It looks like Taylor Swift and free streaming music are never getting back together.

Swift’s hit album 1989 will not be available on Apple Music when the service debuts on iOS 9 and Android June 30, the artist’s label Big Machine confirmed to BuzzFeed News.

This isn’t the first time Swift has had ‘Bad Blood’ with a streaming service.

The artist infamously pulled her entire collection from Spotify last year, saying that the service’s free streaming tier devalued artists’ music.

She expressed her sentiments in an opinion piece published in the Wall Street Journal last year, noting that albums are meant to be listened to in their entirety and is a practice that should not go out of Style.

As consumers switch from downloading music to streaming it, Swift is not the only one to regard streaming services with suspicion — especially now with Apple Music in the mix.

Apple is coming in pretty late to the music streaming market, which is already crowded as it is. The market is currently occupied by incumbent leaders Pandora and Spotify, as well as Jay Z’s music app Tidal, SoundCloud, and YouTube.

Apple Music will offer a mix of free music with paid on-demand listening, and radio stations programmed by DJs rather than computerized algorithms. The service will offer both a free tier and a subscription service for $9.99 with a three month free trial.

Big Machine told BuzzFeed that Swift’s older albums will be available on Apple Music, just like they are across other paid-for streaming services.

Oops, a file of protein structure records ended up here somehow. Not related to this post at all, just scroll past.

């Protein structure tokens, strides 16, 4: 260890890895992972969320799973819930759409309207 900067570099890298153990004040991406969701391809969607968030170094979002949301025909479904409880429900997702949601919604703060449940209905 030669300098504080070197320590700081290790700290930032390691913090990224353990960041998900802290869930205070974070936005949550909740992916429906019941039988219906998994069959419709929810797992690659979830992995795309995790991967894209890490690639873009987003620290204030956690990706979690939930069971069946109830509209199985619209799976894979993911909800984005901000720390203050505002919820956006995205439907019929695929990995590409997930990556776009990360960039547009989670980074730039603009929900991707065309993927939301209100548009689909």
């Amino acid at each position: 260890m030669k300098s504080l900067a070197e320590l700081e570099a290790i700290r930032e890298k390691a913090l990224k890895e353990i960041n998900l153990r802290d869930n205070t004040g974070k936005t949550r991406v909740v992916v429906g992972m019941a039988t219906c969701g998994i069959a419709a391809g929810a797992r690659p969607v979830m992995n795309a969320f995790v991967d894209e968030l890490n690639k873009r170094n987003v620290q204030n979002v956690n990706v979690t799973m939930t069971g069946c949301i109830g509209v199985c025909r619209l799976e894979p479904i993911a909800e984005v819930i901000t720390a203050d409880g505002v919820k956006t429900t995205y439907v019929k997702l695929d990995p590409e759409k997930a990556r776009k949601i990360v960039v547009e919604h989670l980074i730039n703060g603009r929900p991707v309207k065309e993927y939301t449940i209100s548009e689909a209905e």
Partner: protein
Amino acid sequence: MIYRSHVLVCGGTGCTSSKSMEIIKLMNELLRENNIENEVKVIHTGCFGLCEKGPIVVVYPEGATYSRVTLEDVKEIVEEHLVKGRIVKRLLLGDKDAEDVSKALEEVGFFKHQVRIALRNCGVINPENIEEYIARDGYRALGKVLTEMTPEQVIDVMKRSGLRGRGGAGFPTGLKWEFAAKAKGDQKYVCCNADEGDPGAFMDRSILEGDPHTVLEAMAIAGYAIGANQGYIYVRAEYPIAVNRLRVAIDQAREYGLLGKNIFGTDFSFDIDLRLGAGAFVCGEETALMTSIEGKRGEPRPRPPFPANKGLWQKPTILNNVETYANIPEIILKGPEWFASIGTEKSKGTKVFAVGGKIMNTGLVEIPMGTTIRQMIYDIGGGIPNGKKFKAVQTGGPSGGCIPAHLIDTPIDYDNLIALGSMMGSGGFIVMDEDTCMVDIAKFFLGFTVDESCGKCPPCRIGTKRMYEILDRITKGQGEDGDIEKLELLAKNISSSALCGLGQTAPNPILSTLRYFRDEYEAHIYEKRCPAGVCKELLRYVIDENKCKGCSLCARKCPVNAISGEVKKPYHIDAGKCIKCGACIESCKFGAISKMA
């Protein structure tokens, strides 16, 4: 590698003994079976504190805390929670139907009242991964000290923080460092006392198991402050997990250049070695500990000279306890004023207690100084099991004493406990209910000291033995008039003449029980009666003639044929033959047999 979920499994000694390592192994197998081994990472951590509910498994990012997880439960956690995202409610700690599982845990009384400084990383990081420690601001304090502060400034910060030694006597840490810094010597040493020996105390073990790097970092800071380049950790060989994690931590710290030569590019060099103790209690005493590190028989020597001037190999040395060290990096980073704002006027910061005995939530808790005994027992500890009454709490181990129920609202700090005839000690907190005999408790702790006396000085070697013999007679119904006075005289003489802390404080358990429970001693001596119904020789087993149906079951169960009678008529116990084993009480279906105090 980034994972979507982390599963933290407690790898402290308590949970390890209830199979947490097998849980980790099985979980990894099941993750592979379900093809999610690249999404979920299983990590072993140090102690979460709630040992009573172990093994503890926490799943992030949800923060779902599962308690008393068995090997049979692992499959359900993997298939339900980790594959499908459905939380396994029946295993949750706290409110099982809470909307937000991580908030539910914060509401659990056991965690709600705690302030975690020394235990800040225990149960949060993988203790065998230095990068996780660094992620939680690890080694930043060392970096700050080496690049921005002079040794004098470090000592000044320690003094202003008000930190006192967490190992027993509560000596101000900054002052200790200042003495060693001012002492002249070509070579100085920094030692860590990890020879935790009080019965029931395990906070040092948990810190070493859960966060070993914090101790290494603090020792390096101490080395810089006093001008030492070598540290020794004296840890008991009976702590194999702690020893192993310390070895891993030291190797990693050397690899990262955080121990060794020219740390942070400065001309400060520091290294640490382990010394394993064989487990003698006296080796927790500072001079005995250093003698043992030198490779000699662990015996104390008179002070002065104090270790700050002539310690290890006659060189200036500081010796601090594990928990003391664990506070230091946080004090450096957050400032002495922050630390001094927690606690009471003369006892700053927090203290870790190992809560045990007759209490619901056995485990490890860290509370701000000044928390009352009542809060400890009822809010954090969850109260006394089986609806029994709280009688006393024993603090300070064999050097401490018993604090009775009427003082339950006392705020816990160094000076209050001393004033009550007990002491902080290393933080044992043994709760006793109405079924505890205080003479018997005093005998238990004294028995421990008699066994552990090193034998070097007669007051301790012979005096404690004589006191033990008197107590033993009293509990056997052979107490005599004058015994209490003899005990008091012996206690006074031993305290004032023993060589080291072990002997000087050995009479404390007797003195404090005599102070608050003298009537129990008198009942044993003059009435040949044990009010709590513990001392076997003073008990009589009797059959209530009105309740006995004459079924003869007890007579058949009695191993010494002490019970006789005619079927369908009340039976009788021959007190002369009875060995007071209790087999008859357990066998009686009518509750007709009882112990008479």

But Swift may not be the only Blank Space on the new streaming services’ list of popular artists.

Record label Beggars Group, which represents popular bands such as Alabama Shakes, Bon Iver, Adele, and The White Stripes, said in a blog post Wednesday that they do not currently have an agreement to participate with Apple Music.

The group said that although Apple Music’s deal structure is “very progressive,” the three-month free trial that it offers creates problems for the label and its coming artist releases.

“Whilst we understand the logic of their proposal and their aim to introduce a subscription-only service, we struggle to see why rights owners and artists should bear this aspect of Apples customer acquisition costs,” the label said.

The label said it hopes that the “obstacles to the agreement can be removed,” and that they will be able to be a part of the service in the coming days.

However, Big Machine told BuzzFeed that it has no plans to release 1989 to any streaming service in the near future — which means fans will just have to Shake It Off and buy the album.